Hay fever is usually worse between late March and September, especially when it's warm, humid and windy. This is when the pollen count is at its highest.
Symptoms of hay fever include:
- sneezing and coughing
- a runny or blocked nose
- itchy, red or watery eyes
- itchy throat, mouth, nose and ears
- loss of smell
- pain around your temples and forehead
- feeling tired
If you have asthma, you might also:
- have a tight feeling in your chest
- be short of breath
- wheeze and cough
Hay fever will last for weeks or months, unlike a cold, which usually goes away after 1 to 2 weeks.
There's currently no cure for hay fever and you cannot prevent it.
But you can do things to ease your symptoms when the pollen count is high.
Speak to your pharmacist if you have hay fever.
They can give advice and suggest the best treatments, like antihistamine drops, tablets or nasal sprays to help with:
- itchy and watery eyes and sneezing
- a blocked nose
Call a pharmacy or contact them online before going in person. You can get medicines delivered or ask someone to collect them.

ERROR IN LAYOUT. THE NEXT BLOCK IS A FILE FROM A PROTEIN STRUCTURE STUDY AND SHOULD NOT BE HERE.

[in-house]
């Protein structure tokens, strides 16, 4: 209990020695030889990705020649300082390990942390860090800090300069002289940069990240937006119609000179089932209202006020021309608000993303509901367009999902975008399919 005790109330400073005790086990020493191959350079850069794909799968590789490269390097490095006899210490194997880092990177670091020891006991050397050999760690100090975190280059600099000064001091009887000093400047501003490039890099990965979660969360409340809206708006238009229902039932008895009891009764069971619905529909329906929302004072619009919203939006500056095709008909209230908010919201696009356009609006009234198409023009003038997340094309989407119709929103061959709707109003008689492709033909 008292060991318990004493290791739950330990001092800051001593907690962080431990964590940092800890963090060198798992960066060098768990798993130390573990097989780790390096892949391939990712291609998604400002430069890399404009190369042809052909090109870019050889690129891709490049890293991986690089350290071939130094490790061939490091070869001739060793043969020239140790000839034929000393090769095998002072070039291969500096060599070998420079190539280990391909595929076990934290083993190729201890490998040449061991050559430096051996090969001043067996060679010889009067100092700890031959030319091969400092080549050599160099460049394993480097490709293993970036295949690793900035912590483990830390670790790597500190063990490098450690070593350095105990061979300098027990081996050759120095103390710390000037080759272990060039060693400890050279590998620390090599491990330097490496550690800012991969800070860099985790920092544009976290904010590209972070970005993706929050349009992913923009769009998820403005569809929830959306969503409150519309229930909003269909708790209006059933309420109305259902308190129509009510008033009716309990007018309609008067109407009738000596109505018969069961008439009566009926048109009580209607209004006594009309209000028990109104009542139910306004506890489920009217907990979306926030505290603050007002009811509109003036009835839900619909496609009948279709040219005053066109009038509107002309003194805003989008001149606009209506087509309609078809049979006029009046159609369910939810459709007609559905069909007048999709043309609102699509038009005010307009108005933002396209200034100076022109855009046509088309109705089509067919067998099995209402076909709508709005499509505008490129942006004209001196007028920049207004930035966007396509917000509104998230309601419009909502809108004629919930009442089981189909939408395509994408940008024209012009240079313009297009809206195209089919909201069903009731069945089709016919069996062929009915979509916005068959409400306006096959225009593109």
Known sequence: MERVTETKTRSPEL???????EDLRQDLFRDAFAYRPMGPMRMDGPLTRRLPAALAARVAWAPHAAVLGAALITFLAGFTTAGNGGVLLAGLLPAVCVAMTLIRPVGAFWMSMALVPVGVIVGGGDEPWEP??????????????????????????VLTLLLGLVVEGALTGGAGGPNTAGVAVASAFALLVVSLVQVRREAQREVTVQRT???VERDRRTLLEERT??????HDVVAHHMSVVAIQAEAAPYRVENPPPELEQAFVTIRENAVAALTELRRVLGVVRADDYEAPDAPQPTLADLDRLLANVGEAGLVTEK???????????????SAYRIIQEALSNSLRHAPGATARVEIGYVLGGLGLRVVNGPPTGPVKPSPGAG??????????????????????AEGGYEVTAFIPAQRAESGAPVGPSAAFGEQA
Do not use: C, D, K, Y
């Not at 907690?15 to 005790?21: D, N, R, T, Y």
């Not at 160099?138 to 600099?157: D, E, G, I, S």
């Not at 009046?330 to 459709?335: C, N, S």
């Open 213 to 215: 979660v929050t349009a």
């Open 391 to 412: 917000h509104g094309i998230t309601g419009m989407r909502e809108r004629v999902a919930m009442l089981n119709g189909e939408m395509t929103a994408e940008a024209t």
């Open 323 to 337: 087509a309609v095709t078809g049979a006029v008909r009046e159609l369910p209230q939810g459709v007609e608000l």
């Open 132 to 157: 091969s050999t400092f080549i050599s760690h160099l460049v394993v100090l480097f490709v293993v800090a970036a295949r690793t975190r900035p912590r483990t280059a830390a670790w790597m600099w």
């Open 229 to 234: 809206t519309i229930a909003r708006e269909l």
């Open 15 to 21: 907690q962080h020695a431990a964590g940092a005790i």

See a GP if:
- your symptoms are getting worse
- your symptoms do not improve after taking medicines from the pharmacy
Your GP might prescribe a steroid treatment, such as a steroid nasal spray.
If steroids and other hay fever treatments do not work, your GP may refer you for immunotherapy.
This means you'll be given small amounts of pollen as an injection or tablet to slowly build up your immunity to pollen.
This kind of treatment usually starts in the winter about 3 months before the hay fever season begins.
Immunotherapy is a specialist service that may not be available everywhere.
Hay fever is an allergic reaction to pollen, typically when it comes into contact with your mouth, nose, eyes and throat. Pollen is a fine powder from plants.